Dogs have an instinct to carry and transport objects in their mouth. This behavior is believed to have evolved from their hunters and scavengers ancestors. The behavior may also be common among retrieving breeds like Labs, Goldens, and Poodles.

Another reason is likely genetics. It is very likely that, like most behaviors, if a dog eats poop, they probably have a parent or grandparent that did the same thing and passed down the behavior genetically.

This instinct can sometimes lead dogs to carry and eat feces. This behavior is more commonly seen in puppies exploring their environment and learning what is edible and what is not. However, some adult dogs may also exhibit this behavior.

12. Attention Seeking

Some dogs eat poop as a way to gain attention from their owners. This can signify boredom or loneliness, and the dog may feel neglected or ignored. By eating poop, the dog is trying to get a reaction from their owner, even if it’s negative attention. In this case, the dog may stop eating poop if they don’t get a response.

The way this starts is typically when a dog shows interest in poop as a puppy and the owner shouts or makes a fuss. This immediately makes the poop seem like a much more high-value and interesting object that must be important if it elicits such a response from the owner. The added benefit is that by eating poop, the puppy realizes they can get a response from their owner.  This can reinforce the behavior of eating poop.

Owners need to recognize this behavior and give their dogs more attention and stimulation. This can include playing with them, taking them for walks, or even just spending more time with them. Providing toys and puzzles can also help keep a dog entertained and prevent them from seeking attention in negative ways.

13. Dogs Enjoy Yucky Stuff

Dogs are known for their love of things that humans find disgusting. They enjoy rolling in mud, sniffing garbage, and licking their private parts. This behavior can be attributed to their natural instincts and sense of smell.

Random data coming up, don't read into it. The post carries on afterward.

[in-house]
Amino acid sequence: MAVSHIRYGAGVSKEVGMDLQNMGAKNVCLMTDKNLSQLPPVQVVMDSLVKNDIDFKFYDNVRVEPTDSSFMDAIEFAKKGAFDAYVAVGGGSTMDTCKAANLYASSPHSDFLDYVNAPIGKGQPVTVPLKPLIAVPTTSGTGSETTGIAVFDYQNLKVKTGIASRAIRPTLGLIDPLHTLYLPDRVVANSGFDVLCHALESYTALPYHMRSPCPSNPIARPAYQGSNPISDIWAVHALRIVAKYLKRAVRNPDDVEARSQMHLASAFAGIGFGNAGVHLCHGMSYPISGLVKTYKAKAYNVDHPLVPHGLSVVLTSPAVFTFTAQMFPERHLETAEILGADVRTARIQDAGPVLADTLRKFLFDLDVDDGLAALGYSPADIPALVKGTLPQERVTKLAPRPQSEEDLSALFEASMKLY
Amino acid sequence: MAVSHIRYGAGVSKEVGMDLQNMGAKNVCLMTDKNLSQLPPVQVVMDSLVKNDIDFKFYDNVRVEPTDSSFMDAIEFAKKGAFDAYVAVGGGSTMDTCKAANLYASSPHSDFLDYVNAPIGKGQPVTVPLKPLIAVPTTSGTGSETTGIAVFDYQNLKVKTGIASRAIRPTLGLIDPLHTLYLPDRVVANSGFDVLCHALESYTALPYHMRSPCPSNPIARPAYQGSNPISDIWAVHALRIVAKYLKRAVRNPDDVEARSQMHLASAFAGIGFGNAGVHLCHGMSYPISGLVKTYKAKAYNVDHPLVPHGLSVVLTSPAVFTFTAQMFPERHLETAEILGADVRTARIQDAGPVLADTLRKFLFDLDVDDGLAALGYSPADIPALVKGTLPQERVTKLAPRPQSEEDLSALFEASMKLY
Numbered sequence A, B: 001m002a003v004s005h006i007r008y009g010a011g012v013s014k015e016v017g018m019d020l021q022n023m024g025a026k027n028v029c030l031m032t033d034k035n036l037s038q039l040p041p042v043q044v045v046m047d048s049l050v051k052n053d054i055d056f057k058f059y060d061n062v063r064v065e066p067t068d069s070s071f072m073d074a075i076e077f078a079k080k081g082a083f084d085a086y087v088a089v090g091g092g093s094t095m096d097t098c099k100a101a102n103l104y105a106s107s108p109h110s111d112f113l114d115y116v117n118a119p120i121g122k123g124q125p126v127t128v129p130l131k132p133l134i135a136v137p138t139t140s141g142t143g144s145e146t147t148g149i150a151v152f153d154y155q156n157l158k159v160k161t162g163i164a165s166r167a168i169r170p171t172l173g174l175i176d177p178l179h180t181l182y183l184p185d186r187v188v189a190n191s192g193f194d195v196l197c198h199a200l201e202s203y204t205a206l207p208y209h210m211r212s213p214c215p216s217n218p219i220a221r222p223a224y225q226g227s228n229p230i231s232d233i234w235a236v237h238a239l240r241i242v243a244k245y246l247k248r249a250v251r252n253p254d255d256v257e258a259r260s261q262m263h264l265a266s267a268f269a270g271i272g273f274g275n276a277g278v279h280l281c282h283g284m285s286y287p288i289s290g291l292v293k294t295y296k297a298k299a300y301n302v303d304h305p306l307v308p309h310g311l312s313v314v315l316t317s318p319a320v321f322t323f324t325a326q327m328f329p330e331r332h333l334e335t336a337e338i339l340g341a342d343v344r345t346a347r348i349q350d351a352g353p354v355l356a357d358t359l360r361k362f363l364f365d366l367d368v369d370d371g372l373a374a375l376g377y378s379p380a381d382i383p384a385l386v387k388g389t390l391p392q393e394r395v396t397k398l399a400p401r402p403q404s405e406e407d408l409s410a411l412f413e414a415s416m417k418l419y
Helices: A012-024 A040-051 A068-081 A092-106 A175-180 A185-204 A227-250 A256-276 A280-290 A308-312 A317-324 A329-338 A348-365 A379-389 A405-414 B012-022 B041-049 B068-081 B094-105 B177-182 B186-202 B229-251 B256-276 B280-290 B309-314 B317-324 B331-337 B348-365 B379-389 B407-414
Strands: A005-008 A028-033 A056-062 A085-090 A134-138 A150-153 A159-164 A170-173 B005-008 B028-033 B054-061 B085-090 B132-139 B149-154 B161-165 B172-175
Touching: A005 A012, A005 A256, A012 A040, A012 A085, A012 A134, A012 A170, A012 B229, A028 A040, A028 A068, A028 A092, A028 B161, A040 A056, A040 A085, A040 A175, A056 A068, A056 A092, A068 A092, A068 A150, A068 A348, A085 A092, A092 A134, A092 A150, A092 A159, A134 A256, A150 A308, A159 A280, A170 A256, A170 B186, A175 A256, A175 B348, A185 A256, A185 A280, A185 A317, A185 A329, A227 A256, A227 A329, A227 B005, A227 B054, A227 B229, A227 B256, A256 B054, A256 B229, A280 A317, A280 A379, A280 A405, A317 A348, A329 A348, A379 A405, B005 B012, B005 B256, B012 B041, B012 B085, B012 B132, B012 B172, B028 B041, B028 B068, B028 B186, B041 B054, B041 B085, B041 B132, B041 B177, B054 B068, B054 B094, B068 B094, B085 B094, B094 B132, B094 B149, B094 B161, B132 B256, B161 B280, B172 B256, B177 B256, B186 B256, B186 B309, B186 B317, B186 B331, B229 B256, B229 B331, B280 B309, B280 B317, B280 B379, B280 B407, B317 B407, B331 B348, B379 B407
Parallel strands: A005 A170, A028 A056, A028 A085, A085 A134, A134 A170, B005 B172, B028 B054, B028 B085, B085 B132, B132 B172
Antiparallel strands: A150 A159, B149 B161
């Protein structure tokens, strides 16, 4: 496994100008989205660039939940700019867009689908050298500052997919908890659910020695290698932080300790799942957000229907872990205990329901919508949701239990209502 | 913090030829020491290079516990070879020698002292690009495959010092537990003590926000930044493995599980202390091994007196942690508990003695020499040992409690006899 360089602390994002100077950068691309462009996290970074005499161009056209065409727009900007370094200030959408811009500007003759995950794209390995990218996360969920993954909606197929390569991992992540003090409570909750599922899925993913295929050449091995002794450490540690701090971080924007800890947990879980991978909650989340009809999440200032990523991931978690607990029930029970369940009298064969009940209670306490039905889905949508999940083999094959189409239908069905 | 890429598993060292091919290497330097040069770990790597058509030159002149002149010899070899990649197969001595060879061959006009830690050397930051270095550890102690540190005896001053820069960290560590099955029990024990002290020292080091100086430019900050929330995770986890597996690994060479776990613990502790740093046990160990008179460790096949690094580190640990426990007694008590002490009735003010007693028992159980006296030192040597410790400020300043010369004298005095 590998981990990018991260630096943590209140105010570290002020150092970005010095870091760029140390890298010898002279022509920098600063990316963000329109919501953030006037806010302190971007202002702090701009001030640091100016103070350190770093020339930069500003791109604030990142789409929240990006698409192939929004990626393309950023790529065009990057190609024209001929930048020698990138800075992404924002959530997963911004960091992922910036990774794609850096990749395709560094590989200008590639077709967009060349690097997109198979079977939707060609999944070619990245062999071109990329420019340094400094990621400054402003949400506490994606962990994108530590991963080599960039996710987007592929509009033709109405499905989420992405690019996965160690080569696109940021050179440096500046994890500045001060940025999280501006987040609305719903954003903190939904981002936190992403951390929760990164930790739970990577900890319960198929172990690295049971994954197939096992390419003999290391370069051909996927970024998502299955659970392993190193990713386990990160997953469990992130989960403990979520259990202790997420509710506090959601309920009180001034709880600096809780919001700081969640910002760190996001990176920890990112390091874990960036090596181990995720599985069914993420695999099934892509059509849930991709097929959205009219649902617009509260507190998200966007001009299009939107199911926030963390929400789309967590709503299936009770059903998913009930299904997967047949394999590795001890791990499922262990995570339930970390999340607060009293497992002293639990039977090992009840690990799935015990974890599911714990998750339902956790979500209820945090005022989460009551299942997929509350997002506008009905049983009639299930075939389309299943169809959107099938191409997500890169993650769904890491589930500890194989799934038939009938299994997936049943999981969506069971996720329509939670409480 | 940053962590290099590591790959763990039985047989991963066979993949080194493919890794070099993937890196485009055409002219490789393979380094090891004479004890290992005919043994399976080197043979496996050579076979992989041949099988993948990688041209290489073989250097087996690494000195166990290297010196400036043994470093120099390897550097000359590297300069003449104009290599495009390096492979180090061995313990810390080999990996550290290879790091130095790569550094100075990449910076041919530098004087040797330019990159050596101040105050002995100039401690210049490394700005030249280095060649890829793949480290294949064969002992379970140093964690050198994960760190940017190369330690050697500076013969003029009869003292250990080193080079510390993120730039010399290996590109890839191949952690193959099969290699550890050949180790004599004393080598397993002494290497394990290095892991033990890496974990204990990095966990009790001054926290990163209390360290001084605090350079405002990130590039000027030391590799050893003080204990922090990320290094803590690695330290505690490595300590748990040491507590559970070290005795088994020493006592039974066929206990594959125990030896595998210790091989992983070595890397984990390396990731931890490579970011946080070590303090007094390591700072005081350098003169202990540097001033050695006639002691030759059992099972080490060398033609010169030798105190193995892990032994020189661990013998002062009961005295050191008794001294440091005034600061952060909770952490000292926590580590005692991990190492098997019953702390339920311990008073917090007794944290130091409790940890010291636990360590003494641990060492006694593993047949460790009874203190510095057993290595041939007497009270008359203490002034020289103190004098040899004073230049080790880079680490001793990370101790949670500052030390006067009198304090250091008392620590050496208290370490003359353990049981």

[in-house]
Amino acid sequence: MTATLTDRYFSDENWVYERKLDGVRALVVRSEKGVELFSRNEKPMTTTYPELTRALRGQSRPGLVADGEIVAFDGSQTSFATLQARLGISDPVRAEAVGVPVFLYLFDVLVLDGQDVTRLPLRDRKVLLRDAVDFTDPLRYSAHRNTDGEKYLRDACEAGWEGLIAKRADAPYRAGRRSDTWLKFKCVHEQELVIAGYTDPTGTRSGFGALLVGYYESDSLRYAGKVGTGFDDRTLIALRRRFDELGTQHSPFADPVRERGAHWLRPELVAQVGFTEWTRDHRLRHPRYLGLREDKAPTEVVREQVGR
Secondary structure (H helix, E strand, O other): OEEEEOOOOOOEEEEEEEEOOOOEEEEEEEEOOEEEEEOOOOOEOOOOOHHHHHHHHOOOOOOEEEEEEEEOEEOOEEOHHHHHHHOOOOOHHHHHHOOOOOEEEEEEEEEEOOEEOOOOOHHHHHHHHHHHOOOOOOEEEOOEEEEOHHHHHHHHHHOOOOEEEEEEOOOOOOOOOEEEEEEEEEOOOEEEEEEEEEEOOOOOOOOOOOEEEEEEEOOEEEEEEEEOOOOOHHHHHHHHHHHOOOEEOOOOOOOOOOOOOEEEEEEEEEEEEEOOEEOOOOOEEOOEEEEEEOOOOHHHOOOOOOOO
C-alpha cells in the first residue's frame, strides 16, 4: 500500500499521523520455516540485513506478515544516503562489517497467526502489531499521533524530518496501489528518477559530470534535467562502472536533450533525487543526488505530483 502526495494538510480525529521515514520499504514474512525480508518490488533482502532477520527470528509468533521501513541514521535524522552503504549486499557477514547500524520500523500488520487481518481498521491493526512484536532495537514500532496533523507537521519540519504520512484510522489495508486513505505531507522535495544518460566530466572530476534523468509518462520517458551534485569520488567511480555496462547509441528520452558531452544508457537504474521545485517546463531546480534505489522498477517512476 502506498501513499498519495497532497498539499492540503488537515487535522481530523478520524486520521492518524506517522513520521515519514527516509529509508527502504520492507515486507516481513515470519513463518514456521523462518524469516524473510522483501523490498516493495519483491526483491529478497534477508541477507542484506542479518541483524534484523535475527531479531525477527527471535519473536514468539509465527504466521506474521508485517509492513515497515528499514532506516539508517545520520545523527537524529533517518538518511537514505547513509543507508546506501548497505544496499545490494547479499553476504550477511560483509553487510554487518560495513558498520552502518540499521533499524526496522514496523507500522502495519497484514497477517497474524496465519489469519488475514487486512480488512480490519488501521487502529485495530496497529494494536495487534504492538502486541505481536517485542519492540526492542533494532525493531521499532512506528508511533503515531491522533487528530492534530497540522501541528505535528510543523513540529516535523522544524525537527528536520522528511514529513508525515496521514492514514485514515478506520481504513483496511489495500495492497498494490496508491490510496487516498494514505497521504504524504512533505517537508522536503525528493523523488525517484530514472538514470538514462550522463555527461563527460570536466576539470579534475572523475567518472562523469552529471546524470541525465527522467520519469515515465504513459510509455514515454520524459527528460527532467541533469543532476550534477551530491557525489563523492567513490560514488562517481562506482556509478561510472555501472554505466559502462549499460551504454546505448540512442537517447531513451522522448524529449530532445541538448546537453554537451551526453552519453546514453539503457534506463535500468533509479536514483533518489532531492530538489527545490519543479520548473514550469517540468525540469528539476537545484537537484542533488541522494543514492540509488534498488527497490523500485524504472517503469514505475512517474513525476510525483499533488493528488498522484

Dogs have a much stronger sense of smell than humans, and they use it to explore the world around them. They can detect scents that are undetectable to humans, and they are attracted to strong smells. This is why they are often drawn to yucky stuff like poop.

14. Learning From Other Dogs

Dogs are social creatures and can learn from each other. This is why it’s important to socialize puppies with other dogs. When it comes to eating poop, dogs can learn from other dogs that it’s a normal behavior.

If a dog sees another dog eating poop, they may be curious and try it themselves. This is more likely to happen if the dog is young and impressionable.

Additionally, dogs living in environments surrounded by feces, such as in puppy mills or hoarding situations, may learn to eat poop as a survival mechanism. They may not have access to enough food or be fed on a regular schedule, so they resort to eating feces to get the nutrients they need.

It’s important to note that just because a dog sees another dog eating poop doesn’t mean they will start doing it too. Dogs have individual personalities and preferences, and some may find the behavior repulsive.

Potential Risks and Dangers of Dogs Eating Poop

Dog owner picking up poop from grass with plastic bag to stop Jack Russell terrier dog from eating poop

While it may seem harmless, there are potential risks and dangers associated with dogs eating poop. Here are some of the most common concerns:

Health Risks

Dogs who eat poop may be exposed to harmful bacteria, parasites, and viruses that can cause various health problems. Some of the most common health risks associated with eating poop include:

  • Gastrointestinal Issues: Dogs who eat poop may experience vomiting, diarrhea, and other digestive problems.
  • Parasites: Eating poop can expose dogs to parasites like roundworms, hookworms, and tapeworms, which can cause various health problems.
  • Disease: Dogs who eat poop may be exposed to diseases like parvovirus, distemper, and coronavirus, which can be life-threatening.

Behavioral Risks

In addition to the potential health risks, behavioral risks are associated with dogs eating poop. Here are some of the most common concerns:

  • Reinforcing the Behavior: Dogs allowed to eat poop may be more likely to continue the behavior in the future, which can be difficult to break.
  • Social Stigma: Dogs who eat poop may be seen as dirty or unclean by other people, which can be embarrassing for owners.
  • Increased Aggression: Some dogs may become more aggressive or territorial when eating poop, which can be dangerous for other animals and people.

Prevention and Treatment of Dogs Eating Poop

Red mixed breed dog sniffing in grass may eat poop if it finds it

Dietary Adjustments